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Make Hay Before Seeds Set

2013 hay yield may be low, says MU specialist.

“Don’t delay making hay,” says Rob Kallenbach, University of Missouri (MU) Extension. It might not seem like haymaking time, or haymaking weather, but early harvest results in more quality forage through the season, says the state forage specialist.

Producers needing to build reserves of baled hay depleted by this past winter should harvest early and often. May is a better hay month than June and far better than July.

With a lack of warm weather, hay developed slowly this spring. Kallenbach estimates yields to be 25%-30% behind normal. Lack of sunshine caused thinner stands. The plants grew tall, but the grass didn’t thicken, putting out fewer tillers.

“The undergrowth is just not there,” Kallenbach says. While yields may seem low on the first cuttings, an early harvest will allow stronger second cuttings. Read more.

Raking Tips for Superior Hay

Whether you are cutting, conditioning, raking or baling, all steps in the process of making high-quality hay require attention to detail. Any slipups along the way can compromise the end result. Raking is perhaps the most critical step in the process, as more leaf loss can be caused by improper raking than by any other step in the harvest process.

“A good job of raking can make baling high-quality hay relatively easy,” says Dean Morrell, Agco hay and forage product marketing manager for Hesston by Massey Ferguson® and a 35-year veteran of the quality hay business. “On the other hand, if raking is done poorly, the result can be poor-quality bales that are subject to spoilage.” Morrell reminds producers to avoid raking alfalfa or clover when the forage moisture is less than 35%-40% to prevent the loss of nutrient-dense leaves. Leaves contain two-thirds of the protein and 75% of the total digestible nutrients (TDN) in alfalfa hay. Read more.

Overcoming Breeding Challenges on Fescue Pastures

Cows need to be pregnant by the end of June for best results, UK extension specialist advises.

A large number of Kentucky beef producers have spring-calving cow herds that graze fescue pastures. The biggest concern with these pastures is their high endophyte levels. High endophyte levels can cause a multitude of problems in cattle, including reduced reproductive performance.

“Getting a high percentage of cows bred in May, June and July to calve in March, April and May can be a challenge,” said Roy Burris, beef extension specialist for the University of Kentucky College of Agriculture Research and Extension Center (UKREC) in Princeton. “I personally prefer fall calving for that reason, but I also believe that we can have successful breeding performance in the spring.” Read more.

Alfalfa Weevil

Infestations of 10-12 weevils per plant can eat alfalfa plants to the stem in a day or two.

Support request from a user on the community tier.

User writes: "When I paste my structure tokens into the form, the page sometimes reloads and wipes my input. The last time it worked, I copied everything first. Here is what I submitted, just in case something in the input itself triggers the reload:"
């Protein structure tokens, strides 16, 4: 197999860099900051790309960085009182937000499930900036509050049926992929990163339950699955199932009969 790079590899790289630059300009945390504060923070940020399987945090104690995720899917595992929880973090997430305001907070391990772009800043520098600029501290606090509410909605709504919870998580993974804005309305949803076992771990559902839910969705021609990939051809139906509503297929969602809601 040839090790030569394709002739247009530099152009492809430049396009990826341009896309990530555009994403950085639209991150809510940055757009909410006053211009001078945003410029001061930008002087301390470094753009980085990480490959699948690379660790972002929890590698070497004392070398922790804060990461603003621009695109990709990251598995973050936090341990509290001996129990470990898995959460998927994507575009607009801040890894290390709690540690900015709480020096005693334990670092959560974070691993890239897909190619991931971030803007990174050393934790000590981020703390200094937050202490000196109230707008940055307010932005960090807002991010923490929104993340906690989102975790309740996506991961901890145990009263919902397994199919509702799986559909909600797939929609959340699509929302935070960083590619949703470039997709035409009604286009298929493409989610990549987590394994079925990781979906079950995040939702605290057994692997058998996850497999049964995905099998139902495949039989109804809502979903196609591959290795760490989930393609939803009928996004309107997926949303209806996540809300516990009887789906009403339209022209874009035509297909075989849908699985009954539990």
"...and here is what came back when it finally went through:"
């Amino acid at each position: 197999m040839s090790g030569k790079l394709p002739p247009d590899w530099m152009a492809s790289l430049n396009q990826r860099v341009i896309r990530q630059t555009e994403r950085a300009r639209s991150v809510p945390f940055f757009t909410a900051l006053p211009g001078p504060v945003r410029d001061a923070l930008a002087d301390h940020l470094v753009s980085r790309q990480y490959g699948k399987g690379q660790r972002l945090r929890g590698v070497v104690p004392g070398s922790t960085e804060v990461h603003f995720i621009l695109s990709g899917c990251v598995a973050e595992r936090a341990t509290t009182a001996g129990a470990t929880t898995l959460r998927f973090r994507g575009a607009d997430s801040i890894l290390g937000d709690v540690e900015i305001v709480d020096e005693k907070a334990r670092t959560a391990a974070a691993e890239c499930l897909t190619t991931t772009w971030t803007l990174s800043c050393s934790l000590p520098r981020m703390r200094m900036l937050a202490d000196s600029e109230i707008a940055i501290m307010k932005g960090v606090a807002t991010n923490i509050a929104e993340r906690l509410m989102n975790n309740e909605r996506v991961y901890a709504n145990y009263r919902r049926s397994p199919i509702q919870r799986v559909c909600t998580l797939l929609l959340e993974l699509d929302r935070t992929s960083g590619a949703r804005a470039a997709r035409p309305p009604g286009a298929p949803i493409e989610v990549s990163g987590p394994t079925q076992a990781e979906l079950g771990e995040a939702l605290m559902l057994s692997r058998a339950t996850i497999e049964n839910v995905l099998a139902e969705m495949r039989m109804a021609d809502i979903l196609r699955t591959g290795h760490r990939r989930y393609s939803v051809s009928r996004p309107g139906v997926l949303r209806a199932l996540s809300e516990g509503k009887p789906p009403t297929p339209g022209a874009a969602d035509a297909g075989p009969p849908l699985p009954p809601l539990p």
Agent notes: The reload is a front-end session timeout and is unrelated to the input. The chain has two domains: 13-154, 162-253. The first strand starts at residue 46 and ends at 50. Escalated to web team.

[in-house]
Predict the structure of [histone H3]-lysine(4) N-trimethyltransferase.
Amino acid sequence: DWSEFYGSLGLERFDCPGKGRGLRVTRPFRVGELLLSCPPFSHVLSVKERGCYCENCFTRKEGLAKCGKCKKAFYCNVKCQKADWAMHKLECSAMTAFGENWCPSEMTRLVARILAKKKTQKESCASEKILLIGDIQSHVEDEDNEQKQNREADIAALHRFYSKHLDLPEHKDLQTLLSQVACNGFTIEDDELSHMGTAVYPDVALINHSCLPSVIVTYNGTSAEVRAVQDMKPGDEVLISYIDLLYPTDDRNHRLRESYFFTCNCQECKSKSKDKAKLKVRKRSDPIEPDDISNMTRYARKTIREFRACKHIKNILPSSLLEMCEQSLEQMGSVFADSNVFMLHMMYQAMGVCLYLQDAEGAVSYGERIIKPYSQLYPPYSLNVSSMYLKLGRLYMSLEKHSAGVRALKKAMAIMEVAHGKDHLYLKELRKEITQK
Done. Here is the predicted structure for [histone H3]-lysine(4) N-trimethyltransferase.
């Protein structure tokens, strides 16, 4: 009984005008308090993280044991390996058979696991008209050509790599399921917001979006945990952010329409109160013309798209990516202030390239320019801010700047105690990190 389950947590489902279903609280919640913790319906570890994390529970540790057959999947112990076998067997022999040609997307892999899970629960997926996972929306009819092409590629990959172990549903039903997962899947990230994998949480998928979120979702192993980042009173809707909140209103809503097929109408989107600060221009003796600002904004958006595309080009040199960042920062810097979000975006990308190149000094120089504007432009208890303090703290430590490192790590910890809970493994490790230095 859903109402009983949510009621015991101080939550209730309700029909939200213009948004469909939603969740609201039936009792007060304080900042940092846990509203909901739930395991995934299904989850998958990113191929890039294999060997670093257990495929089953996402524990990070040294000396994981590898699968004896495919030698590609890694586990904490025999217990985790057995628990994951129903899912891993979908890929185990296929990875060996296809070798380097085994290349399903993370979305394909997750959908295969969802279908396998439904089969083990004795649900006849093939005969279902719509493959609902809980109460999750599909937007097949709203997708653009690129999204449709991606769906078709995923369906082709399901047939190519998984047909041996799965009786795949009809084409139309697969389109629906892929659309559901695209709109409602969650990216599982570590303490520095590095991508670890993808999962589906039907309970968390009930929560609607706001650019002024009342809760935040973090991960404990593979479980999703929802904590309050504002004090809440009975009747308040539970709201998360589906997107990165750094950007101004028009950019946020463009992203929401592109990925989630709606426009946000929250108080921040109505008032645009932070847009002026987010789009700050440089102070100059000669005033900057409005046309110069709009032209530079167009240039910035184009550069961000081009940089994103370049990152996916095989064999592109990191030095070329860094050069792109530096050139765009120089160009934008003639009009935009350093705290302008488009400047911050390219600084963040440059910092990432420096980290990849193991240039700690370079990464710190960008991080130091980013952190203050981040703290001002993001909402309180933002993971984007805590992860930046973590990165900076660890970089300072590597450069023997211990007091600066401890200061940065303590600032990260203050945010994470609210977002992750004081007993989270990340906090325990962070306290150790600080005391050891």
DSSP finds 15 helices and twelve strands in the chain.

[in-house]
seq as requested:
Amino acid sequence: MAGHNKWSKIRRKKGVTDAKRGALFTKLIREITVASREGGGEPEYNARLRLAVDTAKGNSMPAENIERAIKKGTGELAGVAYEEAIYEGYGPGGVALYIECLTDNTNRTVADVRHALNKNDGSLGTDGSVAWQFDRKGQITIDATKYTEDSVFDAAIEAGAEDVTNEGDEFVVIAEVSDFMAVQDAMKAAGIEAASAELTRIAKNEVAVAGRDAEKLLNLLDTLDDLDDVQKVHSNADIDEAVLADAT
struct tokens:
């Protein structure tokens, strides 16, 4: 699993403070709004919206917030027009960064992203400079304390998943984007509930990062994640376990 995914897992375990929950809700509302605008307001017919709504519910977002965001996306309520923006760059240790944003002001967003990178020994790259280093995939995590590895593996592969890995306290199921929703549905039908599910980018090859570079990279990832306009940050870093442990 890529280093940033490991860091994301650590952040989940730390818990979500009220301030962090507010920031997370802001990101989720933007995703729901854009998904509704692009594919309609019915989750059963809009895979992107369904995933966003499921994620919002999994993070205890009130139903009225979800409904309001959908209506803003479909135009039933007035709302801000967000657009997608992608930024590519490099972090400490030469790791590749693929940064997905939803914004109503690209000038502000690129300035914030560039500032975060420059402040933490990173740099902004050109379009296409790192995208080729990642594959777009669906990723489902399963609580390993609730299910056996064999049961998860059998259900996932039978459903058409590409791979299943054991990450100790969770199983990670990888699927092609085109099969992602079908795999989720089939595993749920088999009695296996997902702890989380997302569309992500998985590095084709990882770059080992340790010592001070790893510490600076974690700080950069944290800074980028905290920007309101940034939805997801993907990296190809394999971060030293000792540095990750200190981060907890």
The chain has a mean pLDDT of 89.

Jeff Whitworth, Kansas State University entomologist, talks about the importance of controlling alfalfa weevils in this 8-minute video from K-State Research & Extension.

Joined at the Compost Pile

Can combining mortality composting from two separate farms constitute a CAFO?

During a recent Michigan State University (MSU) Extension program, a Michigan farmer shared that he owns a swine operation with animals on two different farms located several miles apart. The farmer hauls his dead animals from one farm to the other, where he recently installed a rotary drum composter to handle mortalities. Individually, neither farm is considered a large CAFO, nor are they currently permitted by the Michigan Department of Environmental Quality (MDEQ). Each has its own land base for spreading manure and its own nutrient-management plan.

The farmer knew that his mortality-management plan, which includes combining mortality, was in compliance with the Bodies of Dead Animals Act in Michigan. However, the MDEQ informed the farmer that since he was moving the dead animals from one farm to the other farm, his mortality-management plan resulted in the commingling of production area waste. Because nutrients of one farm are being transferred to another, the two farms are considered one large CAFO. He was advised that he needed to apply for a National Pollutant Discharge Elimination System (NPDES) permit, but the farmer wondered if he was given correct information and asked, “Is this correct?” Read more.

Kris Ringwall
Kris Ringwall

Beef Talk

It’s time to set herd reproductive goals. To pass, 60% must calve in 21 days.

As the calving season winds down, check the calving book. Count the number of cows that calved within 21 days from when the third mature cow calved. After that, check the number that calved the next 21 days and the next 21 days. Keep counting until you get to the end of the calving book.

Why? The No. 1 indicator — let me repeat — the No. 1 indicator that cows within a cattle operation fit the managerial program is timely reproduction. In other words, they calve on time.

The type of cattle operation is not important, nor is when the calving season is set. What is important is that at least 60% of the mature cows expected to calve do so within 21 days of the start of the calving season. Read more.

New Products

Industry affiliates provide a wide array of products and services to assist you on the farm and ranch. Here's an assortment of new products to hit the market recently.

Angus Advisor

Click here for June herd management tips from cattle experts across the nation. Advice separated by region.

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